10:30-11:30 - If all goes well, the kids are finished with all their individual work by 10:30 or so, and we can squeeze in reading our science book or a history read-aloud all together. The little girls join us for this too.  If it's science, I usually have the kids do some sort of notebooking activity as well.

11:30 - 12:00 - Make and eat lunch!  I usually either read them another book while they eat, or if I need a break from reading aloud I might clean up the house a bit before our afternoon quiet time.


And that's our weekday morning routine. The first month of the school year this was working particularly well, but the last two or three weeks our routine has been a little messier than this, and sometimes we'll need to finish up some work in the afternoon.  October is a very busy time of year for us, and especially this year it has been a little crazy because of our car breaking down multiple times. But by November things should be quieter and we'll get back to a little more consistency.



My Thoughts About Morning Routines:

If you have young kids who don't sleep well, don't worry about it.  Like I said above, it took me years to even feel like I could manage getting up before my kids, even for 15 minutes.  The day will come when things will click and it'll work.  If that's not right now, that's okay.  

If you have slow mornings and like it that way, keep them! I look back in fondness now on our slow, unstructured mornings when all my kids were tiny.  It was nice to wake up slowly, and meander a bit in the morning before getting our day started. We need our mornings to be structured now with more kids doing schoolwork, but if you can make your mornings slow and you're enjoying it, don't succumb to the get-up-before-your-kids pressure.  Just enjoy it.

Coffee is a lifesaver.  You know what really gets me up and out of bed in the morning?  Coffee.  Derek makes a pot in the morning, and I smell it all the way up the stairs.  Just the thought of curling into my chair for a few minutes of quiet with my Bible and coffee...it's what get's me moving, honestly.  I think it's perfectly acceptable to let a hot beverage be your morning motivator.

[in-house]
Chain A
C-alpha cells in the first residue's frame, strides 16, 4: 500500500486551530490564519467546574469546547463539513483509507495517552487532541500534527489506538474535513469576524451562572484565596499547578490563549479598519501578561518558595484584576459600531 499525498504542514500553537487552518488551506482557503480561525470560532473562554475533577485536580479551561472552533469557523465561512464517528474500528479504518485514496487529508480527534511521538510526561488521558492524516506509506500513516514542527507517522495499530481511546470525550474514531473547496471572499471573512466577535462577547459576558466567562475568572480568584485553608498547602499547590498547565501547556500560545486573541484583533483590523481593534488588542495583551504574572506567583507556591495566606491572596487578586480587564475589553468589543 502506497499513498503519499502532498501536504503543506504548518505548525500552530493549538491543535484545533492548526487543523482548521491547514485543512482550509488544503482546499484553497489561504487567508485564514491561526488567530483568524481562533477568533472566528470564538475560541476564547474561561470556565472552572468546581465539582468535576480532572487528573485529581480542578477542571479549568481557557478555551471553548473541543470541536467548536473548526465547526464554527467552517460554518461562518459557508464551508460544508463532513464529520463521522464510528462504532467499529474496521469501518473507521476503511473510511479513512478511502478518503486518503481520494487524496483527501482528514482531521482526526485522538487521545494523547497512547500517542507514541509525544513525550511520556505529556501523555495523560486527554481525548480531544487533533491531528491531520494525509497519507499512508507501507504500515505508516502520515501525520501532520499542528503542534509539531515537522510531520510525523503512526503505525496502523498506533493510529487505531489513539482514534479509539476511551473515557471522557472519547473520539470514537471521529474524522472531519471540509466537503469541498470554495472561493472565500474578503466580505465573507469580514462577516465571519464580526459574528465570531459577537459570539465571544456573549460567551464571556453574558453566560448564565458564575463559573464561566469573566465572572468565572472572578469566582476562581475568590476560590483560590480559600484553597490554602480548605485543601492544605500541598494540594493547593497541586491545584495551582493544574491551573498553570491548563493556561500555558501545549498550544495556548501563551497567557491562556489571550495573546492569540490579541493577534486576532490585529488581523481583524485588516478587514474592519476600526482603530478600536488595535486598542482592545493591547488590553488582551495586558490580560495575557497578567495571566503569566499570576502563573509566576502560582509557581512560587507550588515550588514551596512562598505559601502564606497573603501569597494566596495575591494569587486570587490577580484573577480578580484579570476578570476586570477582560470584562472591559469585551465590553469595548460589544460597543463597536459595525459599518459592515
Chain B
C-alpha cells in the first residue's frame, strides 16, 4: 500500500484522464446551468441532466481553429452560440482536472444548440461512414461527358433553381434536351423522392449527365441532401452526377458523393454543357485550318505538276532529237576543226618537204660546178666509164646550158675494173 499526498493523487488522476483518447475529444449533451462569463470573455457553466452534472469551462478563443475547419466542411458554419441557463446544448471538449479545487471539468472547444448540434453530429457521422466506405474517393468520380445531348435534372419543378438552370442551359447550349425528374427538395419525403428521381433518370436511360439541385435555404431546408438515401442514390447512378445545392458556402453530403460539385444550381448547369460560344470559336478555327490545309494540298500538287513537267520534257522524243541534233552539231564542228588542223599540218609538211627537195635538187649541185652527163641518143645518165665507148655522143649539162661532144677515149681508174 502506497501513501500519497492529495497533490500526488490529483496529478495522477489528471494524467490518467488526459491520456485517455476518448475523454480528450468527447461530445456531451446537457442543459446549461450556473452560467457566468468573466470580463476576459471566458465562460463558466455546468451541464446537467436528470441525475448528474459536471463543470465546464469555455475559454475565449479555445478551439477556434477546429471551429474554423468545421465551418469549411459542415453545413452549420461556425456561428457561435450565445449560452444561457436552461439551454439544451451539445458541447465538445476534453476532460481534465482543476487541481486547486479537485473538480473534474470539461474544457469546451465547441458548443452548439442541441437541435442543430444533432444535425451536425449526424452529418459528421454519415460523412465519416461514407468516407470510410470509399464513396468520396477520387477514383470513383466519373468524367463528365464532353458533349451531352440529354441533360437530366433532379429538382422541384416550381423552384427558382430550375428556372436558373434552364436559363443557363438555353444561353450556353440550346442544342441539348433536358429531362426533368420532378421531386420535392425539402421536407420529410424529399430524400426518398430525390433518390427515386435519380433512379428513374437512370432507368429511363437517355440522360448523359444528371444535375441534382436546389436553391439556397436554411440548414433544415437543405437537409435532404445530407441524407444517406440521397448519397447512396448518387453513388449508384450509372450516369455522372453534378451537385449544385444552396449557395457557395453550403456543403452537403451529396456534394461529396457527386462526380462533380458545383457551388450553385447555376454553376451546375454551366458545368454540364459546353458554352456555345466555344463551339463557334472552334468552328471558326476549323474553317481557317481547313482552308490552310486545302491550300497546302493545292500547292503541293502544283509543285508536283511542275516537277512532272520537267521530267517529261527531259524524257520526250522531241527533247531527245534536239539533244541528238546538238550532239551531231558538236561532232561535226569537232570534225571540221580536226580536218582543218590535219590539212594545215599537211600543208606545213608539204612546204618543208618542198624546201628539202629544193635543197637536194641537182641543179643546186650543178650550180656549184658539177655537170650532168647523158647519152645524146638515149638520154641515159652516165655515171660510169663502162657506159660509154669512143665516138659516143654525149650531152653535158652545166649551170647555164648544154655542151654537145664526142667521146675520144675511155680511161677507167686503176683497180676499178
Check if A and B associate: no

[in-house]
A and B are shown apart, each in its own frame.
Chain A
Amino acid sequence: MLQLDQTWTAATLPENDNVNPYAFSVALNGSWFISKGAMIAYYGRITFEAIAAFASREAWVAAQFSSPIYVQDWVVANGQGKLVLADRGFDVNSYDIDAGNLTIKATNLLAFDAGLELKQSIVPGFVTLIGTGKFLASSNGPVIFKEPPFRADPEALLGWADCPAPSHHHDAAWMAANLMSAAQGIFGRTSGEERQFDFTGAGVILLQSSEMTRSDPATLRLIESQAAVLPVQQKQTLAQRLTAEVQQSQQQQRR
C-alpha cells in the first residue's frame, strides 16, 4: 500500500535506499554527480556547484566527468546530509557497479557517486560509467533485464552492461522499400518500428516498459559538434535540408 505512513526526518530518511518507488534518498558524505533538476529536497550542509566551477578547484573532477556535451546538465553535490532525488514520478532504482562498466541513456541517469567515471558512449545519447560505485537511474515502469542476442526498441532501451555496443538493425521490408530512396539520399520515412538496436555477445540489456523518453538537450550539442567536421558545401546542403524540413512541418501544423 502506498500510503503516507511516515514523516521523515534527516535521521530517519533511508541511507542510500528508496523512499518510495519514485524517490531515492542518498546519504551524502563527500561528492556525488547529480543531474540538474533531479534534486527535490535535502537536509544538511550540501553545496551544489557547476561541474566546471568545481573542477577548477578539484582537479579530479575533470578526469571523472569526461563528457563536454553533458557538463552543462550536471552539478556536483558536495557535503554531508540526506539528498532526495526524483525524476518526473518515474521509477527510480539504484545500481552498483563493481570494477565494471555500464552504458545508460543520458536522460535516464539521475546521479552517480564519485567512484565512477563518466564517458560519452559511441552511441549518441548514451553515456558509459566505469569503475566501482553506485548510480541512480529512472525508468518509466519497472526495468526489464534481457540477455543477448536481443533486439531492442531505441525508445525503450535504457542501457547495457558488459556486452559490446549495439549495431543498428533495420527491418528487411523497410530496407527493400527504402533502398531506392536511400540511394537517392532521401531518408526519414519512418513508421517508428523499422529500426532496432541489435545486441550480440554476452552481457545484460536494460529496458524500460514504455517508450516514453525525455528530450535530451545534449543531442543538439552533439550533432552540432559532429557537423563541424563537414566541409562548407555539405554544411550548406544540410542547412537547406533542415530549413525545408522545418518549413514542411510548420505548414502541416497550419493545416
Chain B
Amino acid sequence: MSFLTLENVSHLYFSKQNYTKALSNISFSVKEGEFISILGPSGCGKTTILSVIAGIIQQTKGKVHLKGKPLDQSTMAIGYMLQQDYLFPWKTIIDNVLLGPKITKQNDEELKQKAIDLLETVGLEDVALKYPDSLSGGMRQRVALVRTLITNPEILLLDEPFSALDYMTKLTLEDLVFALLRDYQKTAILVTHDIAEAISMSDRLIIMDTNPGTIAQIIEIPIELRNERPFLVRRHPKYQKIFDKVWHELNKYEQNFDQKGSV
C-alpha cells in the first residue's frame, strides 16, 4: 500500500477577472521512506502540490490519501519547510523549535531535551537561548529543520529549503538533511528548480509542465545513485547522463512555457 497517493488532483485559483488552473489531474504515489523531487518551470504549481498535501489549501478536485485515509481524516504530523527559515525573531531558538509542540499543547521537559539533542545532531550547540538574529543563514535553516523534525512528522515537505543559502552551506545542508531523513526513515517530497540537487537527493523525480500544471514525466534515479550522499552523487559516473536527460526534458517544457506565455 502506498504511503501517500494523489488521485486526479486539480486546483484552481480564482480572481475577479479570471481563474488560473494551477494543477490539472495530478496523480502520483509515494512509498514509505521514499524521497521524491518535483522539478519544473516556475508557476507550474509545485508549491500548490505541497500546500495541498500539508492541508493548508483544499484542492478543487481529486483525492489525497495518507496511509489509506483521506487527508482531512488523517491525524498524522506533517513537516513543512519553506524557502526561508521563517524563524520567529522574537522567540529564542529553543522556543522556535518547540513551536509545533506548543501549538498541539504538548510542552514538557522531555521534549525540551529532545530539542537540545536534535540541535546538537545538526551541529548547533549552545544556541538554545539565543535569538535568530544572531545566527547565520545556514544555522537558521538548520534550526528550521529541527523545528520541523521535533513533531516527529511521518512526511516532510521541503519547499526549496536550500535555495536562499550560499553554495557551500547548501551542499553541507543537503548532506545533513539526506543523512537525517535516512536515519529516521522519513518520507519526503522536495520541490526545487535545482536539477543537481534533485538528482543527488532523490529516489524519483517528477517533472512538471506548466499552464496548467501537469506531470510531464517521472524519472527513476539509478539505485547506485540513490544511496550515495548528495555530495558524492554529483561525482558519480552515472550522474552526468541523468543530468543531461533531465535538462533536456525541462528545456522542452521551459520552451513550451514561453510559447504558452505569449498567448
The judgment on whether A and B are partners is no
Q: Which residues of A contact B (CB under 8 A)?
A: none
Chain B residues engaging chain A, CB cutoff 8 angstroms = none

If you are feeling like your mornings aren't structured enough for your liking, start small.  You don't need to be superwoman and get up an hour before daylight.  Like I said, I barely make it out of bed 15 minutes before my kids a lot of days.  But even that tiny little bit of time has been a game changer for me.  It allows me to get my mind right before our morning really starts, and I don't feel like I'm starting the day already behind.  And saving just a few minutes to pray for my kids before they come running downstairs helps me a lot in remembering my goal as a mom - to teach my kids about Jesus and lead them to Him.  Having those few minutes to put that in the forefront of my mind has been wonderful for shifting my perspective and keeping me calmer when the morning craziness starts!


Do you have a regular morning routine, or are you in a slow-morning stage of life?  


A Fresh Start

 


This post is brought to you by my brand new computer! 

It has been seven years since we bought my last laptop.  It had a good long run, before yesterday when it started taking 10 minutes to do whatever I asked it to do.  So we went out yesterday afternoon and picked up a new computer for me.